At a time when abusive speech is becoming more and more a part of public discourse, the National Labor Relations Board (“NLRB”) has given greater power to employers to discipline employees for profanity or sexually or racially offensive speech.
The National Labor Relations Act (“NLRA”) protects concerted activities for the mutual aid or protection of employees. Concerted activities are not limited to union activities. Such activities can include complaints about working conditions, pay and benefits by non-union employees.
As noted in a January 2018 post on this blog, the NLRB long held that concerted activities can be legally protected even if laced with abusive or offensive language. The NLRB assumed abusive conduct and protected activity were analytically inseparable. For decades, the NLRB adhered to the position that the discipline or discharge of an employee for abusive conduct during concerted activities was an unfair labor practice in violation of the NLRA.
This position led to decisions which had many employers scratching their heads. In recent years, the NLRB overturned discipline against employees who had:
- Called a business owner a “f***ing mother f***ing”, a “f***ing crook”, and an a**hole” during a meeting in which the employee also raised concerted complaints about compensation (Plaza Auto Center, 360 NLRB 972 (2014));
- Posted the following commentary on Facebook regarding a supervisor during a union campaign: “Bob is such a NASTY MOTHER F***ER don’t know how to talk to people!!!!!! F*** his mother and his entire f***ing family!!!! What a LOSER!!! Vote YES for the UNION” (Pier Sixty, LLC, 362 NLRB 505 (2015));
- While picketing, shouted to black replacement workers: “Hey, did you bring enough KFC for everyone?” and “Hey, anybody smell that? I smell fried chicken and watermelon” (Cooper Tire & Rubber Co., 363 NLRB No. 194 (2016)).
In some instances, employers were found to have violated the NLRA simply for taking affirmative steps to combat a hostile work environment in accordance with anti-discrimination laws. Such was the case for an employer who terminated an employee who wrote “whore board” on the top of overtime signup sheets on a bulletin board. The employer argued, to no avail, it had a duty under anti-discrimination laws to take prompt remedial action against the offending employee. Constellium Rolled Products Ravenswood, LLC, 366 NLRB No. 131 (2018). Only by appealing to the U.S. Court of Appeals for the District of Columbia did the employer obtain a favorable ruling denying enforcement of the NLRB decision.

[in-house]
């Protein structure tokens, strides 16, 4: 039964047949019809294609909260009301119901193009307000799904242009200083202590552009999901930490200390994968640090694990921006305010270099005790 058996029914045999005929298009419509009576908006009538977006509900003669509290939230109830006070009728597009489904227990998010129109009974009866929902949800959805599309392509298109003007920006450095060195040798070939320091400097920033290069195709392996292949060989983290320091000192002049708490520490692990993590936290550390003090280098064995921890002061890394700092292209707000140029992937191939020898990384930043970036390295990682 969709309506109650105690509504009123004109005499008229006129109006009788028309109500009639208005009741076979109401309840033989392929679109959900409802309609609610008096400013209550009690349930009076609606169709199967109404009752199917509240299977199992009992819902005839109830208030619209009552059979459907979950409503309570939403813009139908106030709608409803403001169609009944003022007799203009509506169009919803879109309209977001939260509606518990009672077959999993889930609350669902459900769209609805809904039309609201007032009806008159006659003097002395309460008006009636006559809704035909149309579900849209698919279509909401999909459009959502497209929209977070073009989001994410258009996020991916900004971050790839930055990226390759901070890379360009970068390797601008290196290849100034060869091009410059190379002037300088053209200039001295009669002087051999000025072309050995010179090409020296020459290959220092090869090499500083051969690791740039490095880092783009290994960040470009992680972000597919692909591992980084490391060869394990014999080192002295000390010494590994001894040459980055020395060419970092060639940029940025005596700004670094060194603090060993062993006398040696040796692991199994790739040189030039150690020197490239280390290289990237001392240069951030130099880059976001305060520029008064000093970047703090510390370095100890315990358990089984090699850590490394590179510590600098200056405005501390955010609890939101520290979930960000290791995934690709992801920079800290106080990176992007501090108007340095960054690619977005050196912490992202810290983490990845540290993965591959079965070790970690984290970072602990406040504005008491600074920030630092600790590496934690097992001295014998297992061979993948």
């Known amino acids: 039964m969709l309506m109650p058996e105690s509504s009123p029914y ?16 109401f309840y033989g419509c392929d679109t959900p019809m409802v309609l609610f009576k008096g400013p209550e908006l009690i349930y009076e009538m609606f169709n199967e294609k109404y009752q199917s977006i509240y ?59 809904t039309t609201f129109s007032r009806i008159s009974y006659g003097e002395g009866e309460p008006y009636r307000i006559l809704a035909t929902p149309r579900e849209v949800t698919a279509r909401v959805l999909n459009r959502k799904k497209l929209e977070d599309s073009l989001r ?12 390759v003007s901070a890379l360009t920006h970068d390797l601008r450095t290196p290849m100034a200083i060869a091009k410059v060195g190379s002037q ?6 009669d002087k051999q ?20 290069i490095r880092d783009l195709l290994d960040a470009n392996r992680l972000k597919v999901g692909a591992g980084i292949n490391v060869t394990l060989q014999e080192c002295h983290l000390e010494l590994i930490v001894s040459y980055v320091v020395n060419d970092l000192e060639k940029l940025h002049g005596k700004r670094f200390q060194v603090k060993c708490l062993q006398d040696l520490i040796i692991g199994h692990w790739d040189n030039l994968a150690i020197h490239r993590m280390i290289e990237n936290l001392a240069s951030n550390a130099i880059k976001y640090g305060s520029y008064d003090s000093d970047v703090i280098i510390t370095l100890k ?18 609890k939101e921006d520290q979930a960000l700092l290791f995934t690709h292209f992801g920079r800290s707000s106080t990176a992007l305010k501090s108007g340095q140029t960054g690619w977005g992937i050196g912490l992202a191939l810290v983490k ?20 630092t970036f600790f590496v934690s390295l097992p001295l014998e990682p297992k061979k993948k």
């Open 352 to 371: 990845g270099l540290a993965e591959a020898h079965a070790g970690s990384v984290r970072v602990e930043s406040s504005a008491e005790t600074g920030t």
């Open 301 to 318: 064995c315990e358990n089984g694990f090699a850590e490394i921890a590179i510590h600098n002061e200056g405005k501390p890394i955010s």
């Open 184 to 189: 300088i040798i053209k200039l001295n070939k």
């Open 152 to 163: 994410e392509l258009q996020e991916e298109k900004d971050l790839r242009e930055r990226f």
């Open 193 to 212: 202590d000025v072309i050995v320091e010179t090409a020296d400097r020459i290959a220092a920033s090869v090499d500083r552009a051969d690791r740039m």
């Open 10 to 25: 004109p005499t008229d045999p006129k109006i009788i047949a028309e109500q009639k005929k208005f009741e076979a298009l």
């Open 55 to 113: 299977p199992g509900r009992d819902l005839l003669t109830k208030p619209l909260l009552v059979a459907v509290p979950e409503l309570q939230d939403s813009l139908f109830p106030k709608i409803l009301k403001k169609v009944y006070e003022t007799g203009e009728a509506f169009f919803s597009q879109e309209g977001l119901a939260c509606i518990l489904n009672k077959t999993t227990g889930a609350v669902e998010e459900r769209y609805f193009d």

In a July 21, 2020 decision, the NLRB finally acknowledged that, by penalizing employers who decline to tolerate abusive and potentially illegal conduct in the workplace, the Board had “strayed from its statutory mission.” (General Motors, LLC, 369 NLRB No. 127 (2020)). The Board held:
“Abusive speech and conduct (e.g., profane ad hominem attack or racial slur) is not protected by the [NLRA] and is differentiable from speech or conduct that is protected by [the Act] (e.g., articulating a concerted grievance or patrolling a picket line). Accordingly, if the General Counsel fails to show that protected speech or conduct was a motivating factor in an employer’s decision to impose discipline, or if the General Counsel makes the showing but the employer shows that it would have issued the same discipline for the unprotected, abusive speech or conduct even in the absence of [concerted] activity, the employer appears to us to be well within its rights reserved by Congress.”
This decision is welcome news for employers. No employer should be expected to tolerate abusive behavior by its employees. In recent years, moreover, anti-harassment laws have become more demanding in the expectations placed on employers to eliminate and redress harassment. The NLRA should never stand in the way of compliance with these laws.
Robert G. Chadwick, Jr. frequently speaks to non-profit organizations regarding labor & employment issues. To contact him for a speaking engagement please e-mail him at email@example.com